I finally got around to watching 1922 on Netflix, knowing nothing about it initially except for the fact that it was (yet another) Stephen King adaptation. When it comes to viewing adaptations of King’s work, I try to maintain a healthy skepticism going into the film. While there have been many successes (Stand by Me, The Shining, Misery), there have been just as many failures (Cell, The Dark Tower, Pet Sematary). The list can go on for quite a while in both directions. It may seem unfair to Mr. King himself to lump all the films ever adapted from his work into one pile and attribute them to him, somehow. Still, it’s the natural and unfortunate consequence of someone of both his ability and profitability handing over his work’s rights to other creators.
1922 is a 2017 Netflix original by Australian Director Zak Hilditch. The film stars Thomas Jane (a personal favorite of mine, especially with his recent performance on The Expanse) playing a Nebraskan farmer, Wilfred, aka “Wilf,” who lives on a massive farmland plot passed down through the family of his wife, Arlene. Unfortunately for him, that means that when his wife threatens to sell off the land and move to Omaha, he has to find a way to convince her otherwise or risk becoming another city-slicker (gasp!). Wilf’s objections to the city are your regular deal. Cesspits of sin and vermin, degradation of moral fabric, loose women, loose men, loose children, you get the idea. Of course, these moral objections don’t seem to matter much to Wilf when he decides that his only course of action is to murder his wife. The above takes up maybe the first fifteen minutes or so of the film, narrated by an older, world-weary Wilf who is penning his confession to the crime.
The crux of the film is Wilf’s relationship with his son Henry. Wilf decides that if he’s going to go through with his plot, he needs Henry on his side. As a result, we get a genuinely horrifying scene of Henry holding Arlette down while Wilf takes a butcher’s knife to her throat. The murder scene is so messy, so drawn out, with closeups of the torn flesh spouting blood and Arlette’s pillow-muffled screams. The scene drives home Henry’s involvement as not just complicity, but as wholly active and utterly horrific. He’s in as deep as Wilf.
What follows looks a lot if Capote’s “In Cold Blood” and Edgar Allen Poe’s “The Telltale Heart” had a baby. As Wilf and Henry perform a series of practical coverups, building a card-house of lies with the local authorities and neighbors, and try to keep up their facade of innocent bafflement at Arlette’s mysterious “disappearance,” they are simultaneously falling further down the rabbit hole of grief. Much like Poe’s story, this comes with hallucinations (Or are the visions real? The film never makes any attempt to explain this, nor does it seem much to care. Sometimes it’s better that way, which is certainly the case in 1922). However, unlike in Poe’s tale, we see this play out over two characters instead of one, allowing us to follow our protagonists’ diverging coping mechanisms.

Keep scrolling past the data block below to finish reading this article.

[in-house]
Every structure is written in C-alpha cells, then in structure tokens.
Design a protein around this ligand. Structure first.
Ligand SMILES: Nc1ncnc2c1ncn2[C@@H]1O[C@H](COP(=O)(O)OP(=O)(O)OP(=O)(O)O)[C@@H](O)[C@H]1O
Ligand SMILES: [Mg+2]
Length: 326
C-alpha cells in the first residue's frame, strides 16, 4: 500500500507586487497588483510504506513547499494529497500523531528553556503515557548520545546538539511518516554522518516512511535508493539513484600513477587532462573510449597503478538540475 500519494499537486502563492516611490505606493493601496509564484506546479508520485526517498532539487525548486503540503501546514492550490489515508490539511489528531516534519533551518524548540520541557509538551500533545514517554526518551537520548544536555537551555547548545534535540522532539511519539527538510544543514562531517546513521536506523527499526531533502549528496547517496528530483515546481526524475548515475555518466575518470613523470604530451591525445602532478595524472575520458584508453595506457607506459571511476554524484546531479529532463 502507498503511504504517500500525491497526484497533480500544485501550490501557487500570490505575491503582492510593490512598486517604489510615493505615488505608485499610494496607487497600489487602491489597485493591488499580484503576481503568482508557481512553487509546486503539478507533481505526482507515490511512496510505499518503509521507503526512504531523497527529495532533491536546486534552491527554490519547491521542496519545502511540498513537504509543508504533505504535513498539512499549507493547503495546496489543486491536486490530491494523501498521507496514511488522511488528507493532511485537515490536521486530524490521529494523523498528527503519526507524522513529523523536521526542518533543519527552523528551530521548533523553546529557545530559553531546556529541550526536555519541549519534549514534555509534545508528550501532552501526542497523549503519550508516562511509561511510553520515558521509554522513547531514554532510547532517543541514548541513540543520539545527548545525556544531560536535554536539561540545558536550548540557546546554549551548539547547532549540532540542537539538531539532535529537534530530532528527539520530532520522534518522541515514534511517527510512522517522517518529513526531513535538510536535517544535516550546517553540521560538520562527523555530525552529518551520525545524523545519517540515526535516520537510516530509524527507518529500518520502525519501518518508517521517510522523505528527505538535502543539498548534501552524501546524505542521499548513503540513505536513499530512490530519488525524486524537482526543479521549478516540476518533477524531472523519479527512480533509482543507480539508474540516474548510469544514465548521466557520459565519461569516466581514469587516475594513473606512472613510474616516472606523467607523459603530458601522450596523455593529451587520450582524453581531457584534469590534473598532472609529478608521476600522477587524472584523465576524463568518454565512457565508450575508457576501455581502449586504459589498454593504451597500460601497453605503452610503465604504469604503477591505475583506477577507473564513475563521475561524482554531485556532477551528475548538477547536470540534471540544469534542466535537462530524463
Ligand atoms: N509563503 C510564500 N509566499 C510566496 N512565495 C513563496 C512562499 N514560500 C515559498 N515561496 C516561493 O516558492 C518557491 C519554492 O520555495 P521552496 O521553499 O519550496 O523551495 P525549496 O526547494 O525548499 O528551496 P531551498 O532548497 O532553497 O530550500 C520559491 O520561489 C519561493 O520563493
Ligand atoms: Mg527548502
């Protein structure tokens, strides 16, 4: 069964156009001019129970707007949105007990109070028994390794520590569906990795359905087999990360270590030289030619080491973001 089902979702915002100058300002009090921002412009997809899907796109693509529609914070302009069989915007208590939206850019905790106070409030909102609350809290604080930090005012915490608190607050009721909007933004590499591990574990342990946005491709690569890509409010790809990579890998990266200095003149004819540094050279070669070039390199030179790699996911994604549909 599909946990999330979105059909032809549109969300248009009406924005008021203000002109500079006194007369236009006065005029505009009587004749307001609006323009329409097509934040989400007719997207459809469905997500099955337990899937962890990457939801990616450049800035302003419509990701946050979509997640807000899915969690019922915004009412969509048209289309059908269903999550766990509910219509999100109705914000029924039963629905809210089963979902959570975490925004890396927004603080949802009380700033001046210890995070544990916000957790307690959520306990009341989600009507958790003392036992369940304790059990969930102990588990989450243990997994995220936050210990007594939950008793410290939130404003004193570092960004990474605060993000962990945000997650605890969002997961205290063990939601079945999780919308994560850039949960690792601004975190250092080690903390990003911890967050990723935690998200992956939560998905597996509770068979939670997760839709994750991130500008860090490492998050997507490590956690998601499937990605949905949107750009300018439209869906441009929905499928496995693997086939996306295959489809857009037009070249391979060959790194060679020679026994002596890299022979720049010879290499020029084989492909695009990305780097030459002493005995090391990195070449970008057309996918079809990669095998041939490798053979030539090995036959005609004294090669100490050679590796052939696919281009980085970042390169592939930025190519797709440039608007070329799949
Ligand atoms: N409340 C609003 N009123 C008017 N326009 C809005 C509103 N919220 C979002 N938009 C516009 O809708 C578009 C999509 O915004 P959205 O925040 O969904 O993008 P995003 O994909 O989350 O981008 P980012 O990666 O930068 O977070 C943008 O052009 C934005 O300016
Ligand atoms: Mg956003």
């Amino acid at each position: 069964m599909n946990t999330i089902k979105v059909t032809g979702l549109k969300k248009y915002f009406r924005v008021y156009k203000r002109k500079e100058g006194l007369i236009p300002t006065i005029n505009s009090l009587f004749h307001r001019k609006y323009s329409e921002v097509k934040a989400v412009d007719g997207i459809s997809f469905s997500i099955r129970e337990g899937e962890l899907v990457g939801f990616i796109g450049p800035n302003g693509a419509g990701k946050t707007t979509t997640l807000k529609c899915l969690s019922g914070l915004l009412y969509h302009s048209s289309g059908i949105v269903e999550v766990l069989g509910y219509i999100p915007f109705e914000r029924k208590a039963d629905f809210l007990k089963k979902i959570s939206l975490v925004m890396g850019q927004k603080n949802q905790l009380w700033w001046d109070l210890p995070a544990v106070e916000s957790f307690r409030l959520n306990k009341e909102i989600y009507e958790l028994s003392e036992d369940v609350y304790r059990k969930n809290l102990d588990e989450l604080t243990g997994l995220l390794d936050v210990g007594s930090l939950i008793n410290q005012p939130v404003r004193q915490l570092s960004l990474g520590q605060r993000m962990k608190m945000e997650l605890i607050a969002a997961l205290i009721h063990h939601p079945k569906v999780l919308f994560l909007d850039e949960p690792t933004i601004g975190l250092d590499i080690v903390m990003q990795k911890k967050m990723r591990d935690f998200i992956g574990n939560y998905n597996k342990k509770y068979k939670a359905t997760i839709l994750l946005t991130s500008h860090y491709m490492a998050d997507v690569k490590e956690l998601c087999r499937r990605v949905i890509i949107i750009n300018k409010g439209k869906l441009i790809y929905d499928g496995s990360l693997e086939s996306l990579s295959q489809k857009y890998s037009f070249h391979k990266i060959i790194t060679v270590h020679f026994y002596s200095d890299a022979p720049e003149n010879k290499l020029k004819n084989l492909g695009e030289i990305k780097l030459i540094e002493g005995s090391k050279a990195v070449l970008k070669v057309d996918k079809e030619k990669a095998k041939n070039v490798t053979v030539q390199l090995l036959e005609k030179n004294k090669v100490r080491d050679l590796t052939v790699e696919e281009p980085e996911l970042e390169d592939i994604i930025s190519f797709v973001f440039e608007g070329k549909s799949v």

Even though there is some outright bloody violence right from the get-go, most of the film’s horror scenes are focused on creating an atmosphere created by and exploring the corrosive nature of guilt. It’s pretty well-worn territory, but 1922 does manage to somewhat distinguish itself through the performances, an impressive feat considering how self-serious and humorless the script can be at times — leading the viewer down a seemingly endless road of harsh truths and misery. It is a road that ultimately ends up exactly where you think it will, the toll of time eventually catching up to both Wilf and Henry.
This theme, the fact that time eventually has its way with flesh, and that the things inside us that want out will find a way; this is the horror of decay, which defines 1922. Wilf tries to outrun time through denial, through drinking, through moving, and as such, fate catching up with him comes in many forms. It comes in the form of the law closing in on him, it comes in the form of his own health deteriorating, and it comes in the form of his guilt gnawing away at his psyche. The recurring references to the rats in the walls are an obvious and maybe slightly heavy-handed motif for Wilf’s psyche getting eaten away from the inside as he loses himself more and more. And when the rats finally find their way out into the open, so at last do Wilf’s ghosts. At least they promise to make it quick.